2. Don’t disclose more data than you need

Even when you browse to legitimate sites offering special deals, you’ll often bump into what the marketing community calls a “gate”.

A gate is one of those web forms where there is a quid pro quo that requires you to hand over various items of personal information before you can go any further.

To open the gate, you may be asked for an uncomfortable amount of detail such as name, address, email, phone number, date of birth, gender, hobbies, income and more.

Different sites ask for different amounts of personal information, though if you look carefully, you may find that some of it is optional so that you can proceed without giving it away.

You can’t easily tell whether giving a site the minimum amount of personal information and witholding the optional stuff might affect any offers you later receive. For all you know, the company might give better deals for bigger disclosures. However, the amount of data that a company insists you fill in, rather than merely inviting you to provide, gives you an idea of just how acquisitive that company is. We recommend that you leave out all optional data fields unless you have a good reason of your own for disclosing the information.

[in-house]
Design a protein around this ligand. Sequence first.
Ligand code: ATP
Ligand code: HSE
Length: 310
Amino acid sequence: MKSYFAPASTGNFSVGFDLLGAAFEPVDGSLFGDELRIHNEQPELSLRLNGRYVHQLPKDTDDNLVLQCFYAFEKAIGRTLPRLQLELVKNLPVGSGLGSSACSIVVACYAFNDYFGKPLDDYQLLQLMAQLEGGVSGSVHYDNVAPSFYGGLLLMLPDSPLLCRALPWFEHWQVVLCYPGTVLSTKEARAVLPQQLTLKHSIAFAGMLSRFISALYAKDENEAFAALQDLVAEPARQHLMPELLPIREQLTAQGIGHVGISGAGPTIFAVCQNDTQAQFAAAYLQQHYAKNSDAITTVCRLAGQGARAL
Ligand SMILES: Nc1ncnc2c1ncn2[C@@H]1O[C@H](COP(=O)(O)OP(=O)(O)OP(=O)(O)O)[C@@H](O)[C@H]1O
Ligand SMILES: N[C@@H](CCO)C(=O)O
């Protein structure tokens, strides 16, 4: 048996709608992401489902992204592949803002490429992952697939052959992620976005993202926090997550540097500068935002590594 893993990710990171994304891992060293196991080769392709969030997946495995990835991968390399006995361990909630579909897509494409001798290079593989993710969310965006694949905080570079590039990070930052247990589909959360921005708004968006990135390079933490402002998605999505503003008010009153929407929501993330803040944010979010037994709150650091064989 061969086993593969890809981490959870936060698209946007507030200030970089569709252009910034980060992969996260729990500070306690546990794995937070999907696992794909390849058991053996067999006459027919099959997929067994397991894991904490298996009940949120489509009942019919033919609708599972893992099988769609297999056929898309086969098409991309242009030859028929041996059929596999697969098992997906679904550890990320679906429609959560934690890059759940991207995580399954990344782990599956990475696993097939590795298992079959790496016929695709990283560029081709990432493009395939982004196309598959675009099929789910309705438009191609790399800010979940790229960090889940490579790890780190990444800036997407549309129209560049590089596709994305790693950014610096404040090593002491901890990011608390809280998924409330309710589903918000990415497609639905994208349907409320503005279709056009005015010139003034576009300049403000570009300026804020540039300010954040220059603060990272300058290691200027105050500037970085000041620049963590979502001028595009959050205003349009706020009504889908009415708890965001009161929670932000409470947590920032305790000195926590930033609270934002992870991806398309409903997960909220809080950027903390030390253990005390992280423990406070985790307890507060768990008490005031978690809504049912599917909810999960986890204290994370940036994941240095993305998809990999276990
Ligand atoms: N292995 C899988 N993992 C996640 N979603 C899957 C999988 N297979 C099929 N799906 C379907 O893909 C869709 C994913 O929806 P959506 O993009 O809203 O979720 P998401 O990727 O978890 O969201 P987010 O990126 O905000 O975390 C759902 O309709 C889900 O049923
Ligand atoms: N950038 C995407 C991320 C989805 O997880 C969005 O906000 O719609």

We suggest that you decide in advance what your data disclosure limits are going to be – rather like setting yourself a maximum bid before an auction so you don’t get carried away in the heat of the moment.

If you’re comfortable with everyone knowing your date of birth, for example, put it on your list of data points you’re willing to give away.

But if you want to keep your location private, say, make a firm decision ahead of time never to hand over your address (or your postcode if you live in a country where each postcode covers just a few houses at most), and make that a disclosure limit you stick to.

Remember that even if a company acquires, uses and shares the data it collected entirely honourably, there is always an implicit risk that it might be exposed in a breach.

Our catchphrase: “If in doubt, don’t give it out.”

3. Don’t get bait-and-switched